Insights on President Trump’s Executive Order on the Payroll Tax
President Trump signed an executive order on Saturday, August 8, directing the government to defer a portion of the tax withheld from the paychecks of certain workers. Legal challenges are expected. However, if implemented, the measure would provide very limited relief while leaving workers with a huge tax debt that they must pay at the end of the year.
What tax is affected?
The president’s order only affects the 6.2 percent tax that employers must deduct from each worker’s paycheck. The tax raises funds to pay for the social security retirement and disability insurance program. The president’s order would temporarily defer that tax. However, an employer would continue to deduct a 1.45 percent tax that funds Medicare. The president’s order also does not affect the income tax that an employer must withhold.
Who is eligible for the tax relief?
The temporary tax relief will only apply to workers earning $2,000 a week or less. That translates into $104,000 a year. Anyone earning more than that would not see any tax savings.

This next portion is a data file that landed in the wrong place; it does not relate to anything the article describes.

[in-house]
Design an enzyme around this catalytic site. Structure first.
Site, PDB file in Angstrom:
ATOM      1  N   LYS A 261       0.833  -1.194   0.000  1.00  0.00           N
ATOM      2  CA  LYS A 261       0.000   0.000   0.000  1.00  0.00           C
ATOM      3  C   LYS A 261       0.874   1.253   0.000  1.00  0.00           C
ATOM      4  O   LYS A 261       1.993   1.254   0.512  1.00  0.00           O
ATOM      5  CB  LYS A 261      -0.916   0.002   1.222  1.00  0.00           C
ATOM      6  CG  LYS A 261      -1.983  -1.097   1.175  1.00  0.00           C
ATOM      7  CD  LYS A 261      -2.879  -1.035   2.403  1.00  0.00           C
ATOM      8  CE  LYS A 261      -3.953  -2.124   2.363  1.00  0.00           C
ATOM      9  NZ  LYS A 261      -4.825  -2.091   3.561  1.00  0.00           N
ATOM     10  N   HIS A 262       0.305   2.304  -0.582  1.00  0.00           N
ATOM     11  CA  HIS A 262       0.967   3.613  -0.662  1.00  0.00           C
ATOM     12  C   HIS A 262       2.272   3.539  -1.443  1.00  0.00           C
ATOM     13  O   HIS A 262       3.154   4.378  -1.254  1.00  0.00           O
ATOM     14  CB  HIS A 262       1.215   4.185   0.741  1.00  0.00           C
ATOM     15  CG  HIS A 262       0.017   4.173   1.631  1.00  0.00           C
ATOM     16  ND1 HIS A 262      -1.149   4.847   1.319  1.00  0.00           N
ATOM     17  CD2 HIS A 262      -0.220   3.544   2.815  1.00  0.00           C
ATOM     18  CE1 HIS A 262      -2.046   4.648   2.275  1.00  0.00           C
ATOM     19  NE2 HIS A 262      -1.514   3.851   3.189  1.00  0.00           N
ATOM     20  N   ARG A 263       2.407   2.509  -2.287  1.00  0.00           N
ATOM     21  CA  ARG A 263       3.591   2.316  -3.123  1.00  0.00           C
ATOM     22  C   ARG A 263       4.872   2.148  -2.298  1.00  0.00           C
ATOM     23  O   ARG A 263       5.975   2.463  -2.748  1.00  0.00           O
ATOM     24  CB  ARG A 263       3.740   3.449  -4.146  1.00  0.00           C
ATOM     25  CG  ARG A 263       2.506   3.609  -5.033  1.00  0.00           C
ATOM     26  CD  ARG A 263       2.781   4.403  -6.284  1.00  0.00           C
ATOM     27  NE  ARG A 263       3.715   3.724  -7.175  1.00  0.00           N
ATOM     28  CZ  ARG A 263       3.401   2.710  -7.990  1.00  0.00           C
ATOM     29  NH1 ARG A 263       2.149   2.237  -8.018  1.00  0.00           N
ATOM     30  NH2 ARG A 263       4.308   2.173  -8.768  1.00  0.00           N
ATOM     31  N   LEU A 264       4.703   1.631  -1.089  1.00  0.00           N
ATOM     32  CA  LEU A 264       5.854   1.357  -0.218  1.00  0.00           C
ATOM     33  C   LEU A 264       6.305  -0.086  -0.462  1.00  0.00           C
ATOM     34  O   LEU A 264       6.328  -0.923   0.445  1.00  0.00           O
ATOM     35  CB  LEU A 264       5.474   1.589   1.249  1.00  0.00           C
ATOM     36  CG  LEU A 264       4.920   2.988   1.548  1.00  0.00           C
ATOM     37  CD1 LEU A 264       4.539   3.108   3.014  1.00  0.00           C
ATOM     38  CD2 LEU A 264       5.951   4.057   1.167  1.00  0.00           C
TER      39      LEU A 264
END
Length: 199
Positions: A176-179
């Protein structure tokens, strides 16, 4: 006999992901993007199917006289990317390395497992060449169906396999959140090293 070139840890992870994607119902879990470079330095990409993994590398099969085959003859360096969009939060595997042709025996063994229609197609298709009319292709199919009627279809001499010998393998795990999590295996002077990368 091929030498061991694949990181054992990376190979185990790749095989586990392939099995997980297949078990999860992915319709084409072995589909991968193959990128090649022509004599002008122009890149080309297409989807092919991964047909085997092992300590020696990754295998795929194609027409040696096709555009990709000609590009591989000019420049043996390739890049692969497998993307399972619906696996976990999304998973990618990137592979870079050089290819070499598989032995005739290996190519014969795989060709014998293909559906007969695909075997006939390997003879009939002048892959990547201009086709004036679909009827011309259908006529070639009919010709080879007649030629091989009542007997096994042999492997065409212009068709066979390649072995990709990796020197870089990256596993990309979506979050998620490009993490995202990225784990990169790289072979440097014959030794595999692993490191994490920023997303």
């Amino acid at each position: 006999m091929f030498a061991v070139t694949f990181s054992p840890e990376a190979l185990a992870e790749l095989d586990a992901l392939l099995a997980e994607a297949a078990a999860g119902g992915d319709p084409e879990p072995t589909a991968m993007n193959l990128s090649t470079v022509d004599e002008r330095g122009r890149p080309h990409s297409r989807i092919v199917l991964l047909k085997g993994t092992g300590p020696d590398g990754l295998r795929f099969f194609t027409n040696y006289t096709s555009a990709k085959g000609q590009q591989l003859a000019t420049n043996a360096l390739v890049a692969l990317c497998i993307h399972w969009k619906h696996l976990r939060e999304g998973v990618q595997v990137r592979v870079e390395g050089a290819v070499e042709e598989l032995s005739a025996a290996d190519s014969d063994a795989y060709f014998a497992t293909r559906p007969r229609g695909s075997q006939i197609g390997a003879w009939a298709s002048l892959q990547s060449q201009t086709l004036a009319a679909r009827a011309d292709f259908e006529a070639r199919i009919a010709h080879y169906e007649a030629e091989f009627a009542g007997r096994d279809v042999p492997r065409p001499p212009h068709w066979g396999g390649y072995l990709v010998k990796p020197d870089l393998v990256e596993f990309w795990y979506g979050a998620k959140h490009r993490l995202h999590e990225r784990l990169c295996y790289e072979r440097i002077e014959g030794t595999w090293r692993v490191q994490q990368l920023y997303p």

How long is the tax break in effect?
Roughly 17 weeks, starting from September 1 through December 31.
How much money are we talking about?
If you make the maximum amount of $2,000 a week, you will have $124 more to spend each week. But you will be racking up a $2,108 tax debt that you will have to repay at the end of the year. That translates into more than one week’s worth of earnings. If you make $500 a week, you save $31 each week. But you will owe $527 at the end of the year. The president wants to eliminate the tax debts that workers will owe. However, Congress will have to pass legislation for that to happen.
Will this affect my Social Security benefits?
This order should not affect the benefits you ultimately receive because your benefits are based on your earnings history. The order does not change that. It only defers the time when you have to pay the tax on your earnings.
Richard Winchester is an Associate Professor of Law at Seton Hall University School of Law and is a national authority on small business and federal employment tax policy. His work is frequently cited in Congressional Reports and by media on tax matters and prior to teaching he worked as a corporate tax attorney for PricewaterhouseCoopers in its National Tax Office.